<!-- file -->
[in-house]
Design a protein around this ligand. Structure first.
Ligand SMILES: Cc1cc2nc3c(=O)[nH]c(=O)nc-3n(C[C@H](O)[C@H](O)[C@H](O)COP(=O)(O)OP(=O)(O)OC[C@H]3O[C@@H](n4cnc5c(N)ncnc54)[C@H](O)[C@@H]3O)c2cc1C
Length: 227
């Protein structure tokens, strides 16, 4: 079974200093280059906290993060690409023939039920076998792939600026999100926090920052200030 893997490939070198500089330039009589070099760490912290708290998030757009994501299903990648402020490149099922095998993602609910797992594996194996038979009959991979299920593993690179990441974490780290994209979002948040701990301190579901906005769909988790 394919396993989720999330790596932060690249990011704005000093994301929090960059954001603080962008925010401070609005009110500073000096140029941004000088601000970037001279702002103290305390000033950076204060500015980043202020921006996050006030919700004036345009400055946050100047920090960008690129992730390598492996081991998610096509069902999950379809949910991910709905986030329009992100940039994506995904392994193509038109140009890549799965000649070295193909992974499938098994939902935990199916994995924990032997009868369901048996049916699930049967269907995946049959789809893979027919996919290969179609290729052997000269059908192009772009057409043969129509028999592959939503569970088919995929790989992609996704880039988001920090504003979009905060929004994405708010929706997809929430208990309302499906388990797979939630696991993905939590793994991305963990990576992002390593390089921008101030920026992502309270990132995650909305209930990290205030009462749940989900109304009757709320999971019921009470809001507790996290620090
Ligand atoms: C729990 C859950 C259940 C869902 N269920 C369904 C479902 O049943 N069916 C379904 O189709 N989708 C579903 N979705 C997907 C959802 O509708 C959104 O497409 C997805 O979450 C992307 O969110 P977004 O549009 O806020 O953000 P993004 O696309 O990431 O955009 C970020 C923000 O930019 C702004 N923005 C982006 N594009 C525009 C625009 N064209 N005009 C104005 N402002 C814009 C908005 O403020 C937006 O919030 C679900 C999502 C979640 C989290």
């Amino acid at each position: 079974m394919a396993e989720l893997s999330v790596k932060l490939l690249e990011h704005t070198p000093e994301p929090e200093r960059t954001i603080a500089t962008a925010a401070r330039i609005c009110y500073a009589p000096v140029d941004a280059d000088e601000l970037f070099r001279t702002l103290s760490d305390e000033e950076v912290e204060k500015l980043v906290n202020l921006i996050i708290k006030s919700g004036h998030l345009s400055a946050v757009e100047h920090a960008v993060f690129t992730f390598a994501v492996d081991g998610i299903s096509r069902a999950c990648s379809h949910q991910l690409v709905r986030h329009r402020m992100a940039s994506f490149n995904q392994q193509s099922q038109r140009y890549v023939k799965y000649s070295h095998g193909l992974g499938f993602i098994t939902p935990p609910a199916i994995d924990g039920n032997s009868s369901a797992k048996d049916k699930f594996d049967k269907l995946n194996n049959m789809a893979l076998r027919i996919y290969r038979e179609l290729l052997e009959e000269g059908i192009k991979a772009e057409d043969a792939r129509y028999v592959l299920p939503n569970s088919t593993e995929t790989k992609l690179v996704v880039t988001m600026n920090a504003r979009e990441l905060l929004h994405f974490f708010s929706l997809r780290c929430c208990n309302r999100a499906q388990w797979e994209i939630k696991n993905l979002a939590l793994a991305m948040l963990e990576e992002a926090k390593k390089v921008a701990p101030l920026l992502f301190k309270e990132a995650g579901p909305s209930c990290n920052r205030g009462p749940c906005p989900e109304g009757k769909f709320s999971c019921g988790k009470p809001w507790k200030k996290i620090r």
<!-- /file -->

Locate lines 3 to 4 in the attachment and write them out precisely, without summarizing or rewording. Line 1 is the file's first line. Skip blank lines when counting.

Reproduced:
Ligand SMILES: Cc1cc2nc3c(=O)[nH]c(=O)nc-3n(C[C@H](O)[C@H](O)[C@H](O)COP(=O)(O)OP(=O)(O)OC[C@H]3O[C@@H](n4cnc5c(N)ncnc54)[C@H](O)[C@@H]3O)c2cc1C
Length: 227